Official Pest Reports
Official Pest Reports are provided by National Plant Protection Organizations within the NAPPO region. These Pest Reports are intended to
comply with the International Plant Protection Convention's Standard on Pest Reporting, endorsed
by the Interim Commission on Phytosanitary Measures in March 2002.
APHIS Confirms Citrus Greening (Candidatus Liberibacter asiaticus) in California
|Date posted: 04/04/2012|
|Contact: Lynn Evans-Goldner, APHIS National Program Manager, at (301) 851-2286 or Phillip Mason, APHIS Regional Program Manager, at (970) 494-7565|
On March 29, 2012, the Animal and Plant Health Inspection Service (APHIS) confirmed the presence of citrus greening, also referred to as Huanglongbing, in an Asian citrus psyllid (ACP) sample and plant tissue samples collected from a lemon/pummelo tree in a residential neighborhood in Hacienda Heights, Los Angeles County, California. This is the first confirmation of the disease in California. APHIS is working closely with the California Department of Food and Agriculture (CDFA), County Agricultural Commissioners, and the California citrus industry to plan and implement communication, response, and regulatory activities in the affected area. CDFA collected the samples during ongoing citrus surveys conducted as part of the cooperative Citrus Health Response Program.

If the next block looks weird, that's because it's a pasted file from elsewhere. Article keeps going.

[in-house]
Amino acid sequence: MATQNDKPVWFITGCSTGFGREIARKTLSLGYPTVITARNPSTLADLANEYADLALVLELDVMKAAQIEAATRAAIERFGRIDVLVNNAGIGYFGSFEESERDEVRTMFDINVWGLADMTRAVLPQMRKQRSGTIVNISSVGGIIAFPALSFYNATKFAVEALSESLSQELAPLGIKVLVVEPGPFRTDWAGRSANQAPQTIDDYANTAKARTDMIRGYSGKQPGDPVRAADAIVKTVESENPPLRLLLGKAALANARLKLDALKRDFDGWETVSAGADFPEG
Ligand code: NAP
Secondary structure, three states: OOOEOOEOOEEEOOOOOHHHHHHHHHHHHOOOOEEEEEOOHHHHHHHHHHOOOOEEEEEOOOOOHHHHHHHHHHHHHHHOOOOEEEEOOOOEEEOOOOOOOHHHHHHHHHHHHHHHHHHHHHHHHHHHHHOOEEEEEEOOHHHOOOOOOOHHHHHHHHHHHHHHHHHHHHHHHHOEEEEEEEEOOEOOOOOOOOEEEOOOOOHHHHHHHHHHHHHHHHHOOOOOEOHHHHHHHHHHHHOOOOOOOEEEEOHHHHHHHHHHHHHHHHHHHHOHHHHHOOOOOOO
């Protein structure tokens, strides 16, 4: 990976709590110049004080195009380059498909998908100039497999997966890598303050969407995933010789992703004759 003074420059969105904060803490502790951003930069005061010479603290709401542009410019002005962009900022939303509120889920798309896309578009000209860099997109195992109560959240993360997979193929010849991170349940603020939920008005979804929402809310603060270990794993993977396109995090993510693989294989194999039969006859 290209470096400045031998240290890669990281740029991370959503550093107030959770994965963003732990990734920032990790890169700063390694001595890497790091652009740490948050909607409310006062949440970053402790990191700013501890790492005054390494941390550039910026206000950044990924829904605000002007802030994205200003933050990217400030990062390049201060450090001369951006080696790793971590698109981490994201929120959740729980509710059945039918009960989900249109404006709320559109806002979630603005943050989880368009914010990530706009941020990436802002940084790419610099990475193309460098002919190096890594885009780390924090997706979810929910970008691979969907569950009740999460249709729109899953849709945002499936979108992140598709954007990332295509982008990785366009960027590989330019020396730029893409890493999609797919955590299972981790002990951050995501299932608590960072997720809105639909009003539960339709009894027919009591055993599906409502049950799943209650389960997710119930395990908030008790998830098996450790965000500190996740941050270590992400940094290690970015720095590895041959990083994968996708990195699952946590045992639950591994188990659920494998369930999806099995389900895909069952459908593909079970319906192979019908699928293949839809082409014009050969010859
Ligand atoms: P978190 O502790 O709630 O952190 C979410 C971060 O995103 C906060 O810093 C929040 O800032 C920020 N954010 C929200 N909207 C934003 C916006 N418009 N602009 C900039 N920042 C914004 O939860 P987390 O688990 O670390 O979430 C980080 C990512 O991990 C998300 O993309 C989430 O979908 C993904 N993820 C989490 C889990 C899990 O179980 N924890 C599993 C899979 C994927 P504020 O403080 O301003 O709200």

Currently, CDFA is regulating the area under its statutory authority and is in the process of enacting an emergency quarantine in the 5-mile radius around the detection site in an effort to prevent the artificial spread of citrus greening. After CDFA establishes an intrastate quarantine for citrus greening, APHIS will enact a parallel interstate quarantine area. APHIS will publish a description of the area on its website at:
Since 2008, APHIS has regulated portions of California for ACP, the insect vector responsible for transmitting citrus greening. These areas include all of Imperial, Los Angeles, Orange, and Ventura counties, as well as portions of San Diego, Riverside, San Bernardino, and Santa Barbara counties.
Citrus greening, a bacterial disease vectored by ACP, is a serious citrus disease that greatly reduces production, destroys the economic value of fruit, and can kill trees. It does not affect human health. Once infected, there is no cure for a tree with citrus greening disease.
Under IPPC Standards, 'Candidatus Liberibacter asiaticus' is considered to be a pest that is present, only in some areas, and subject to official control to limit its spread in the United States.